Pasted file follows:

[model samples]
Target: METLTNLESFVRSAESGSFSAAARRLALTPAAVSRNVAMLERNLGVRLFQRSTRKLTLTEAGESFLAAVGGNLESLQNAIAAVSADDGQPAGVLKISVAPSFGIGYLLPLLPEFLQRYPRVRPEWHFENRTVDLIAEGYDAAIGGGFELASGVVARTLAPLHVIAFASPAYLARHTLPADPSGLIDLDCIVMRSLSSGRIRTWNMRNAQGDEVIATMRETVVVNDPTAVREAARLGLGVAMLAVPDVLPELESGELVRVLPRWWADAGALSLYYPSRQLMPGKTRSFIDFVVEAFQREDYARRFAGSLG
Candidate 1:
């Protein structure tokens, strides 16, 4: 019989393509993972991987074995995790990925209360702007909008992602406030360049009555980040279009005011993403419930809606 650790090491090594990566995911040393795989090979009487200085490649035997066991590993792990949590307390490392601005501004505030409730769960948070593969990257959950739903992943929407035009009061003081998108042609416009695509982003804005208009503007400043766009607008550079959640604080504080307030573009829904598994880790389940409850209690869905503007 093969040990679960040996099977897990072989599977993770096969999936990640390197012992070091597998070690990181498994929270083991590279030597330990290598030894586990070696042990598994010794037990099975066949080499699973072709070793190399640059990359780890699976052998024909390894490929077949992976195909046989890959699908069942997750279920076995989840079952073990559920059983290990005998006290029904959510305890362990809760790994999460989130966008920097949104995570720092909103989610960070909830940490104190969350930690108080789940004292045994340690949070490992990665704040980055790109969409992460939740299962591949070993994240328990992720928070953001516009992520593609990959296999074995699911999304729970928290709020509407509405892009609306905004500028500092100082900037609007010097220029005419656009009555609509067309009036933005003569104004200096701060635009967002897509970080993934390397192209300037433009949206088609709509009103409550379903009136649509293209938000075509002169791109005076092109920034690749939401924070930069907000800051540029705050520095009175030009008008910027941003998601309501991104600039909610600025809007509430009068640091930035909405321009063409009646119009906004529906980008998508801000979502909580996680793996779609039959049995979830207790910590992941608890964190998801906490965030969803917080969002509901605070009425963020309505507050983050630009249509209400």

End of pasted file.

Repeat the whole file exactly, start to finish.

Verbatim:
[model samples]
Target: METLTNLESFVRSAESGSFSAAARRLALTPAAVSRNVAMLERNLGVRLFQRSTRKLTLTEAGESFLAAVGGNLESLQNAIAAVSADDGQPAGVLKISVAPSFGIGYLLPLLPEFLQRYPRVRPEWHFENRTVDLIAEGYDAAIGGGFELASGVVARTLAPLHVIAFASPAYLARHTLPADPSGLIDLDCIVMRSLSSGRIRTWNMRNAQGDEVIATMRETVVVNDPTAVREAARLGLGVAMLAVPDVLPELESGELVRVLPRWWADAGALSLYYPSRQLMPGKTRSFIDFVVEAFQREDYARRFAGSLG
Candidate 1:
């Protein structure tokens, strides 16, 4: 019989393509993972991987074995995790990925209360702007909008992602406030360049009555980040279009005011993403419930809606 650790090491090594990566995911040393795989090979009487200085490649035997066991590993792990949590307390490392601005501004505030409730769960948070593969990257959950739903992943929407035009009061003081998108042609416009695509982003804005208009503007400043766009607008550079959640604080504080307030573009829904598994880790389940409850209690869905503007 093969040990679960040996099977897990072989599977993770096969999936990640390197012992070091597998070690990181498994929270083991590279030597330990290598030894586990070696042990598994010794037990099975066949080499699973072709070793190399640059990359780890699976052998024909390894490929077949992976195909046989890959699908069942997750279920076995989840079952073990559920059983290990005998006290029904959510305890362990809760790994999460989130966008920097949104995570720092909103989610960070909830940490104190969350930690108080789940004292045994340690949070490992990665704040980055790109969409992460939740299962591949070993994240328990992720928070953001516009992520593609990959296999074995699911999304729970928290709020509407509405892009609306905004500028500092100082900037609007010097220029005419656009009555609509067309009036933005003569104004200096701060635009967002897509970080993934390397192209300037433009949206088609709509009103409550379903009136649509293209938000075509002169791109005076092109920034690749939401924070930069907000800051540029705050520095009175030009008008910027941003998601309501991104600039909610600025809007509430009068640091930035909405321009063409009646119009906004529906980008998508801000979502909580996680793996779609039959049995979830207790910590992941608890964190998801906490965030969803917080969002509901605070009425963020309505507050983050630009249509209400």